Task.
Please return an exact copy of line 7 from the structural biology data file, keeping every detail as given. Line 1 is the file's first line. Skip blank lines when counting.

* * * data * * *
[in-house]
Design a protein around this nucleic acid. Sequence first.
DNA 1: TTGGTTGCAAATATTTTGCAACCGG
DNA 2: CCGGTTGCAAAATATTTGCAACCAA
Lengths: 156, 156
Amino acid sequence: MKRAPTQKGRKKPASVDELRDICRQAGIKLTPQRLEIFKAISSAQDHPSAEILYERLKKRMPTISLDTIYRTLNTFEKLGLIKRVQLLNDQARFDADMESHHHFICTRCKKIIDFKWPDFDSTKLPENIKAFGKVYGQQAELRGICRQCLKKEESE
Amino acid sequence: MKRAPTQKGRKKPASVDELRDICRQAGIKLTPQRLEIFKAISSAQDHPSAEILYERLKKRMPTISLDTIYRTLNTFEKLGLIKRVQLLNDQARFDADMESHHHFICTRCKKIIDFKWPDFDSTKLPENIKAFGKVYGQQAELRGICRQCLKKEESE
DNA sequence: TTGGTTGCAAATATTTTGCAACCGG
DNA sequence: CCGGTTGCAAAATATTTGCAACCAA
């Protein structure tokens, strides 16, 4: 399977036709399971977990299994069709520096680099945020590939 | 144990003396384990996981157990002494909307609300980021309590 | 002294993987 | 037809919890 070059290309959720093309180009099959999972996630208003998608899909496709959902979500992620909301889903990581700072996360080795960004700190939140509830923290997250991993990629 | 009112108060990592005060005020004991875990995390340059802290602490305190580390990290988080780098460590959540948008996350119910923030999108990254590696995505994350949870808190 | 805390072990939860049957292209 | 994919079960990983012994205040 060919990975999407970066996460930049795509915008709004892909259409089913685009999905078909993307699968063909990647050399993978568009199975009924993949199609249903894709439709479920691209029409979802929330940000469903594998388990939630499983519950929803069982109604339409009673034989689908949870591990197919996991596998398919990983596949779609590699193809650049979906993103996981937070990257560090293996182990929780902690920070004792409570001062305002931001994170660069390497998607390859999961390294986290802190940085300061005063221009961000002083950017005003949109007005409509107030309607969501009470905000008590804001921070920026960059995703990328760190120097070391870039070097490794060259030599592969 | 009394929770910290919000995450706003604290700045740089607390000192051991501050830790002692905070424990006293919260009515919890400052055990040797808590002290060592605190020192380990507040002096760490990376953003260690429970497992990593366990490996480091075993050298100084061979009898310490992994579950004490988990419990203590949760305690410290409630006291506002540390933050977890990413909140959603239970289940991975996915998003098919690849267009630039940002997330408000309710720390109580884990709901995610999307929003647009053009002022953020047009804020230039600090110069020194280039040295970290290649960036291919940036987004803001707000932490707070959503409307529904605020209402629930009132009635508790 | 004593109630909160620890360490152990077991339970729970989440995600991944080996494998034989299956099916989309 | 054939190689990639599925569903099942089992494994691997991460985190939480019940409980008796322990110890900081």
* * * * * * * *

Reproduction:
Amino acid sequence: MKRAPTQKGRKKPASVDELRDICRQAGIKLTPQRLEIFKAISSAQDHPSAEILYERLKKRMPTISLDTIYRTLNTFEKLGLIKRVQLLNDQARFDADMESHHHFICTRCKKIIDFKWPDFDSTKLPENIKAFGKVYGQQAELRGICRQCLKKEESE